If leadership is about influence, influence is about knowing what motivates other person. Motivation is a driving force that determinates person’s level of effort and of persistence. Have you ever procrastinated an easy and boring task until the moment it became urgent? Yes, I can suspect you were not really motivated to do it. People like tasks that carry meanings. Meaning and purpose are strong motivators.
Several recent studies have shown that simple rule that money and material incentives are key motivator for performance cannot be fully applied for creative or analytical tasks. Motivation expert Daniel Pink even claims that for such tasks material rewards can backfire: when rewards stop people stop investing effort. Of course, here is important to make a distinction between fair compensation in given conditions and constant material rewards. Eric Barker explained Pink’s main points from the book “What makes people tick” in the article he wrote for the Time magazine. Here are the suggestions of what to do and what not to do if you want engaged employees.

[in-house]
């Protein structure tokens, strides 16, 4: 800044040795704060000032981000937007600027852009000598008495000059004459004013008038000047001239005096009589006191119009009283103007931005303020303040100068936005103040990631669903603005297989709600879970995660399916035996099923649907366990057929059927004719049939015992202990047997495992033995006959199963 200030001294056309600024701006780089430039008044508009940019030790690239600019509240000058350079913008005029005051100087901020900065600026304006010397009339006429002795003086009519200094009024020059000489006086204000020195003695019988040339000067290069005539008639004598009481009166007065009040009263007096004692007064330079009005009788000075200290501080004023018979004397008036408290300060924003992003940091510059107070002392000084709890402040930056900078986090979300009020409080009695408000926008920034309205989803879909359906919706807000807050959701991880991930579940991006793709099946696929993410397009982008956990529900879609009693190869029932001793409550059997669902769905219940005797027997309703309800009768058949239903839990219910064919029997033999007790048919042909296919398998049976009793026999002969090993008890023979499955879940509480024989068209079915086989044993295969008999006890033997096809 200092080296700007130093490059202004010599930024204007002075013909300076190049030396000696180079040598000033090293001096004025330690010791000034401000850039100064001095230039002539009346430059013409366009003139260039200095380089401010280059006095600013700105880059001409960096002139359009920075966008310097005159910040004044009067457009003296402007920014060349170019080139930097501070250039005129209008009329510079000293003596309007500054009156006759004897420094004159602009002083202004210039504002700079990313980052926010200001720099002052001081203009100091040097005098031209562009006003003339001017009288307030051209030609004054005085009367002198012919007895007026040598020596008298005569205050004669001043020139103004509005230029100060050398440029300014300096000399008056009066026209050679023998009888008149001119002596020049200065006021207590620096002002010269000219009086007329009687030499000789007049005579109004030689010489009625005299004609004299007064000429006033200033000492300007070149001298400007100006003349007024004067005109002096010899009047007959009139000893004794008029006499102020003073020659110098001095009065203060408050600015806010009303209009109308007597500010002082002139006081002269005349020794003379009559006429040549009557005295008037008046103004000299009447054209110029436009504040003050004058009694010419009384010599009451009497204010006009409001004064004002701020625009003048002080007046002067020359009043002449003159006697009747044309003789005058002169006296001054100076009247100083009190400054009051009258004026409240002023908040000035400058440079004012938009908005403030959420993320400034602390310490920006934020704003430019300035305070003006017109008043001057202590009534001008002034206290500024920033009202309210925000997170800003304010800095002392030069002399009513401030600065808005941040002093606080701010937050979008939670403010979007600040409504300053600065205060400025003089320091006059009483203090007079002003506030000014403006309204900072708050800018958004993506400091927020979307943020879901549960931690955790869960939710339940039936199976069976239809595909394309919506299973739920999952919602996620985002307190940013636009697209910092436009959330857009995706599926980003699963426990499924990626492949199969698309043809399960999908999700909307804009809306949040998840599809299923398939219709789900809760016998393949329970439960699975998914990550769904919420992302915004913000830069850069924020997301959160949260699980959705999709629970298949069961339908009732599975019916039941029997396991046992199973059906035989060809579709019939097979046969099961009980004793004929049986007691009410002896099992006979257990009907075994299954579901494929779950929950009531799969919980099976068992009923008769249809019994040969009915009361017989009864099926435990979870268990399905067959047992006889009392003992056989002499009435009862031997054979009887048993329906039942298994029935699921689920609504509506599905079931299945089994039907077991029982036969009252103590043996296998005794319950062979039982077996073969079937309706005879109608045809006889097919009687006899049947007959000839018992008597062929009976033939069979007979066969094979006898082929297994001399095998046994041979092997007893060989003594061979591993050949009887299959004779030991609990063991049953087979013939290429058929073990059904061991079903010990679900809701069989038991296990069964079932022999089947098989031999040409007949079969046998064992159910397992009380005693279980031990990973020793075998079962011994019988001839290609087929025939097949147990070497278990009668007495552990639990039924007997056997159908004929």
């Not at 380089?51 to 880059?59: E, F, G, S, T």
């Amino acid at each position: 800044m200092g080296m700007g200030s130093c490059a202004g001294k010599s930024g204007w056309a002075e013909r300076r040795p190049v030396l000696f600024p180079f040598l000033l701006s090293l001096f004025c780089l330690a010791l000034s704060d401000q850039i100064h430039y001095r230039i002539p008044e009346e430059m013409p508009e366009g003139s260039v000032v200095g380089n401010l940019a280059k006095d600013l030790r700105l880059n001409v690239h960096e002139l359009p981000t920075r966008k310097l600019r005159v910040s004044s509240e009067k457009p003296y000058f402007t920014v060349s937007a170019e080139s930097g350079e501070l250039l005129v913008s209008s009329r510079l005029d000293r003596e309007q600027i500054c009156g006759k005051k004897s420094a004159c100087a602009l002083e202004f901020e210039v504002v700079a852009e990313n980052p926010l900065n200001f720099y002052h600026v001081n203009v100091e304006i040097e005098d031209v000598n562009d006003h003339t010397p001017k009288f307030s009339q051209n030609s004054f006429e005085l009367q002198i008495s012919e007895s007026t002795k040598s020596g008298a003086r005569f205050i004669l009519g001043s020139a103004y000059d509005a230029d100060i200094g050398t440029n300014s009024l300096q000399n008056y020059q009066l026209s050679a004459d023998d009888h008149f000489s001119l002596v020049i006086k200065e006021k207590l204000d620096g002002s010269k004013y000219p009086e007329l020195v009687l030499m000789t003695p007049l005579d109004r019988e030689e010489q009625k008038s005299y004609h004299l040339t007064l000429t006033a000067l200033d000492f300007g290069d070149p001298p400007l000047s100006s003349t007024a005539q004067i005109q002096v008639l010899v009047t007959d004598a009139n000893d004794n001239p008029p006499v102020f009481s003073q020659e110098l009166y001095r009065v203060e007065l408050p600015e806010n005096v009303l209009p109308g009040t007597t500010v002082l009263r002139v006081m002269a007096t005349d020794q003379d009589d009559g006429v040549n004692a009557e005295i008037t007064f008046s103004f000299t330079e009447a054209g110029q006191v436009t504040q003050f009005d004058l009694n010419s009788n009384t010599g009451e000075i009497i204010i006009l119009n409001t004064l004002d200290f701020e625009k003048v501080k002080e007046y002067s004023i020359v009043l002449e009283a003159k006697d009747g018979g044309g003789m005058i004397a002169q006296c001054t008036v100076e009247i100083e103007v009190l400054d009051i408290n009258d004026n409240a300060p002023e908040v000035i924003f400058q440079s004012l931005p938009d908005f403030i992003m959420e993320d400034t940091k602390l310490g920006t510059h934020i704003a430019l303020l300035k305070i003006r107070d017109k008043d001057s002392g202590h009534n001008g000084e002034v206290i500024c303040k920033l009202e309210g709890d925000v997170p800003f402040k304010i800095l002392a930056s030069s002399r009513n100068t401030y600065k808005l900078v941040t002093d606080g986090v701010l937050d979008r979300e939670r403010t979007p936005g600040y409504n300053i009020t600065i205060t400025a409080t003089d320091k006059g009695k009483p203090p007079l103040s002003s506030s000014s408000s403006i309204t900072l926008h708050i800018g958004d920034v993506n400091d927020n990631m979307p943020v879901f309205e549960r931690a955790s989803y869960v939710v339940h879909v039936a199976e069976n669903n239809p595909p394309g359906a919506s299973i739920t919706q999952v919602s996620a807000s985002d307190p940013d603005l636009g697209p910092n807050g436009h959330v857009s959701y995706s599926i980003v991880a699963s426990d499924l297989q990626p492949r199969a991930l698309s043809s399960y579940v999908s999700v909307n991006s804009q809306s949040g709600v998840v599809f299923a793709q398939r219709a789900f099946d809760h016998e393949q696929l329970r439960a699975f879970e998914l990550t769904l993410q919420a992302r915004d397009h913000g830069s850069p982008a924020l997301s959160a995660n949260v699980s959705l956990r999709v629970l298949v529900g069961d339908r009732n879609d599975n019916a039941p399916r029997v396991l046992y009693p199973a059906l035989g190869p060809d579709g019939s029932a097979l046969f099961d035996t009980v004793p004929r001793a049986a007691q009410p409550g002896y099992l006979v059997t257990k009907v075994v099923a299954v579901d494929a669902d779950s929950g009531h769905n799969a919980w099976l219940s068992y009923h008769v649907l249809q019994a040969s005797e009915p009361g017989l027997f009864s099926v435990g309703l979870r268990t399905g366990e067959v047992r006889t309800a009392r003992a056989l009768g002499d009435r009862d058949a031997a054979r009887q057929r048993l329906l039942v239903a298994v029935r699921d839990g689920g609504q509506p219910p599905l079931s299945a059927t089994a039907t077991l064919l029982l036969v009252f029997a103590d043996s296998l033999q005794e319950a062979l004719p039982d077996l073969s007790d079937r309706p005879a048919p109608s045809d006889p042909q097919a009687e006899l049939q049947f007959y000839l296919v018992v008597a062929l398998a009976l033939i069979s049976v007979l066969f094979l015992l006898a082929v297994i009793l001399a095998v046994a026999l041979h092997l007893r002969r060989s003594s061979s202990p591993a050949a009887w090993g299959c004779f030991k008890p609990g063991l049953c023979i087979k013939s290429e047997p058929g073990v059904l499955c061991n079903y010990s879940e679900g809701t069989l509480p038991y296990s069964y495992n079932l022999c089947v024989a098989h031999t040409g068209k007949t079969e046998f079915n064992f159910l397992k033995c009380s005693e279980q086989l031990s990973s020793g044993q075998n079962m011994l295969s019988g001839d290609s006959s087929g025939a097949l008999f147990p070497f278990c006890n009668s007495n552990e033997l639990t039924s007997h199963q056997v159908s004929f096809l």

Make them feel something. Feelings are powerful motivators. Information will not make people change or act if they don’t feel something about what they know.
Emphasize Progress, even small one. Harvard’s Teresa Amabile‘s research found that nothing is more motivating than progress. A consistent amount of minor success produces much more happiness than occasionally bagging an elephant.
Share a belief, tell a story. Build a positive company culture, make people feel they are part of something important
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